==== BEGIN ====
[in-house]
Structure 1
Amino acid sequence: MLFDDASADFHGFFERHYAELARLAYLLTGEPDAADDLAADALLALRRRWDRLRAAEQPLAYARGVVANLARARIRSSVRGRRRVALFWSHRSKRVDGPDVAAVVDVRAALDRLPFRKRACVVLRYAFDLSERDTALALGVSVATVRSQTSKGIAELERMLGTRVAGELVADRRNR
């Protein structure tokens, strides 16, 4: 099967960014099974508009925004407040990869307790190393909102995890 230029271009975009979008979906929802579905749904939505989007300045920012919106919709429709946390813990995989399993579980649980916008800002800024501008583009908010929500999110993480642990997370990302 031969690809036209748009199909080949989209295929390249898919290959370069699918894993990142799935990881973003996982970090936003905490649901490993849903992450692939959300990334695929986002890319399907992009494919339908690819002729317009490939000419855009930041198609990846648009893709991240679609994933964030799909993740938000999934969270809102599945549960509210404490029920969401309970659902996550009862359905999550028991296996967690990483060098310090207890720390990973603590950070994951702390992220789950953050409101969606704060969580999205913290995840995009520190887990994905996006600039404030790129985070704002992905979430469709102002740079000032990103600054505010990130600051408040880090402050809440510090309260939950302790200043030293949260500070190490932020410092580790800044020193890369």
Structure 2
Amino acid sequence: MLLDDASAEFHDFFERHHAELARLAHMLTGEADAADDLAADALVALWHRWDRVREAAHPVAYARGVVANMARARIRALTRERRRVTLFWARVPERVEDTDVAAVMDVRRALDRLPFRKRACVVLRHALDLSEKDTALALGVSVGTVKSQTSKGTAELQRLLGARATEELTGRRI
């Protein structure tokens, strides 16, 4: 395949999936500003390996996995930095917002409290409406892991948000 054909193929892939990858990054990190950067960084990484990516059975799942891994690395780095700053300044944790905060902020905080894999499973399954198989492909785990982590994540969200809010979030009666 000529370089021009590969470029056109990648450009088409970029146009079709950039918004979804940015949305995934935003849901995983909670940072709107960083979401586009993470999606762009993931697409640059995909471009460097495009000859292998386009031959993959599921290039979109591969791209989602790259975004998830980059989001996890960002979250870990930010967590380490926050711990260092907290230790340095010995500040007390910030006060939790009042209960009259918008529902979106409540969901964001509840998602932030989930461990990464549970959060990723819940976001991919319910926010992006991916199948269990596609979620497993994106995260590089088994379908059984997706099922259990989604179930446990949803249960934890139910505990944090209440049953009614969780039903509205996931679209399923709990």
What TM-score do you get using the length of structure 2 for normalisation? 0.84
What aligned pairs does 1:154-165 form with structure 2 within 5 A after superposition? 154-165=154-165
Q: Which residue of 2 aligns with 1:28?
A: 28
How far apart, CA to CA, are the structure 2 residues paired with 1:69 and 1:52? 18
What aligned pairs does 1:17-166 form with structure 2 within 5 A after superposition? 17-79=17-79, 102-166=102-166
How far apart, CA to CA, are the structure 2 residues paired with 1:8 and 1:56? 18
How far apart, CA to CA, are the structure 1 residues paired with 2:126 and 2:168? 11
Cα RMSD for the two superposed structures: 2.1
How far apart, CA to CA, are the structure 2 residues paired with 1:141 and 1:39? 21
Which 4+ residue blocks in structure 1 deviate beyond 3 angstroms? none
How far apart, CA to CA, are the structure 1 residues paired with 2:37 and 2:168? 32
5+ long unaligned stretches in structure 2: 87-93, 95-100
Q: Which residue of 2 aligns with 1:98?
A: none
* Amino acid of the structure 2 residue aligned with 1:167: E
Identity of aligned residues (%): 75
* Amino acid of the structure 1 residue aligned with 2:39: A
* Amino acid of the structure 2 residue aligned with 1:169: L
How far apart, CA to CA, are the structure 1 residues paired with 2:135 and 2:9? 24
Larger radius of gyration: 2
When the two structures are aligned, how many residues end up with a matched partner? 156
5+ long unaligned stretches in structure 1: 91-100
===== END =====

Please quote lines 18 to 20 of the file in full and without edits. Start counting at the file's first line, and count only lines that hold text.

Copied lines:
Which 4+ residue blocks in structure 1 deviate beyond 3 angstroms? none
How far apart, CA to CA, are the structure 1 residues paired with 2:37 and 2:168? 32
5+ long unaligned stretches in structure 2: 87-93, 95-100